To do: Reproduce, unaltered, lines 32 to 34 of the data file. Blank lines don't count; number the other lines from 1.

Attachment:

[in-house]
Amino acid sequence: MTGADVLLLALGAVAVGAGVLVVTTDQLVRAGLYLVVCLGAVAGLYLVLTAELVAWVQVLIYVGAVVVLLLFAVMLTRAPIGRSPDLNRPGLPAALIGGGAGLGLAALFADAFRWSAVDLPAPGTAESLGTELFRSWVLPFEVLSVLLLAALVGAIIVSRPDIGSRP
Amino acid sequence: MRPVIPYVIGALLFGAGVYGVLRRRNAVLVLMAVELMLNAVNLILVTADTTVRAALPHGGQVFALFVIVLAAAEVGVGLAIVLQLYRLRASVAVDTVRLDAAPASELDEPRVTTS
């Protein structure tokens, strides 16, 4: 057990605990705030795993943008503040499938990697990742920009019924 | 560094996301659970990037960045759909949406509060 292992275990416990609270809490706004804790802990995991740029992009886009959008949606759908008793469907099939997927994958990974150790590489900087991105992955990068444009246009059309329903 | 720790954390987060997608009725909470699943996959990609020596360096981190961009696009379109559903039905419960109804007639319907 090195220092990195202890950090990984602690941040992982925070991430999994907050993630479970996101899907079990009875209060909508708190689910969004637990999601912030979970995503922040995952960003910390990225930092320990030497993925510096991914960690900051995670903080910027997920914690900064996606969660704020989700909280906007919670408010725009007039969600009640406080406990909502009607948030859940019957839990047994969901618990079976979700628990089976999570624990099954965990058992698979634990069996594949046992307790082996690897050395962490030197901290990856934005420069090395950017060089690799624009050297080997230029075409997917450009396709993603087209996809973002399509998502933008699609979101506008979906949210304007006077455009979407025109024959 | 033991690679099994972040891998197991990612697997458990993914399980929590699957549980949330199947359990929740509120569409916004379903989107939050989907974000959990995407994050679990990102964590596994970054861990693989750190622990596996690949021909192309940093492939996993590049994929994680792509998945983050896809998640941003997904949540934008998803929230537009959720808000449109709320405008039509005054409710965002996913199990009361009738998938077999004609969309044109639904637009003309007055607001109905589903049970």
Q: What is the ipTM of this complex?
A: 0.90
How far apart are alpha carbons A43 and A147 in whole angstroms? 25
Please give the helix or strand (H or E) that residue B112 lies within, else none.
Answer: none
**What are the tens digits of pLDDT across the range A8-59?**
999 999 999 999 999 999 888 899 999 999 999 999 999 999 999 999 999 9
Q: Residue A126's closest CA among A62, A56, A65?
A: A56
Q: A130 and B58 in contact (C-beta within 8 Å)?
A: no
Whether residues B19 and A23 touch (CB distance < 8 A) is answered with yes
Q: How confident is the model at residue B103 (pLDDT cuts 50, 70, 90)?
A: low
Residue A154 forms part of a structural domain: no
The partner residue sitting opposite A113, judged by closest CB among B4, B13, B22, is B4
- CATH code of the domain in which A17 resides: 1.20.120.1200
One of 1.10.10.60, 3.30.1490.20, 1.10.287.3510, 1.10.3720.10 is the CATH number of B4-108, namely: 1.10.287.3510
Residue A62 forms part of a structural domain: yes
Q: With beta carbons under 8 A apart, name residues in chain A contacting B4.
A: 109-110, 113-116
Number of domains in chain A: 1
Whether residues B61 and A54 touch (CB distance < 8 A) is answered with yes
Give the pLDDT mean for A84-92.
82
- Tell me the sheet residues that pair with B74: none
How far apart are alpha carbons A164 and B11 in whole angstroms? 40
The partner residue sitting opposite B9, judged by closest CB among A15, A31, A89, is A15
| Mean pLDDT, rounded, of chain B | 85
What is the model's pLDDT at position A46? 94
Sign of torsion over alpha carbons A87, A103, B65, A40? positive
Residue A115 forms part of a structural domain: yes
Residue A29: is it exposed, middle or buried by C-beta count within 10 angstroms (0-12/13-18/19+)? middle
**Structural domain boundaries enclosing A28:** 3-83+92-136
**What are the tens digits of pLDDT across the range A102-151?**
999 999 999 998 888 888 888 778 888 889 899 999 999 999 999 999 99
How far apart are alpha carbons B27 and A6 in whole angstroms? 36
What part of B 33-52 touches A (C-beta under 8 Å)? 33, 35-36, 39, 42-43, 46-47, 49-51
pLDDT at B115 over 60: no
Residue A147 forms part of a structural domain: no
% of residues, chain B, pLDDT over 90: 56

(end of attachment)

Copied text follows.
The partner residue sitting opposite B9, judged by closest CB among A15, A31, A89, is A15
| Mean pLDDT, rounded, of chain B | 85
What is the model's pLDDT at position A46? 94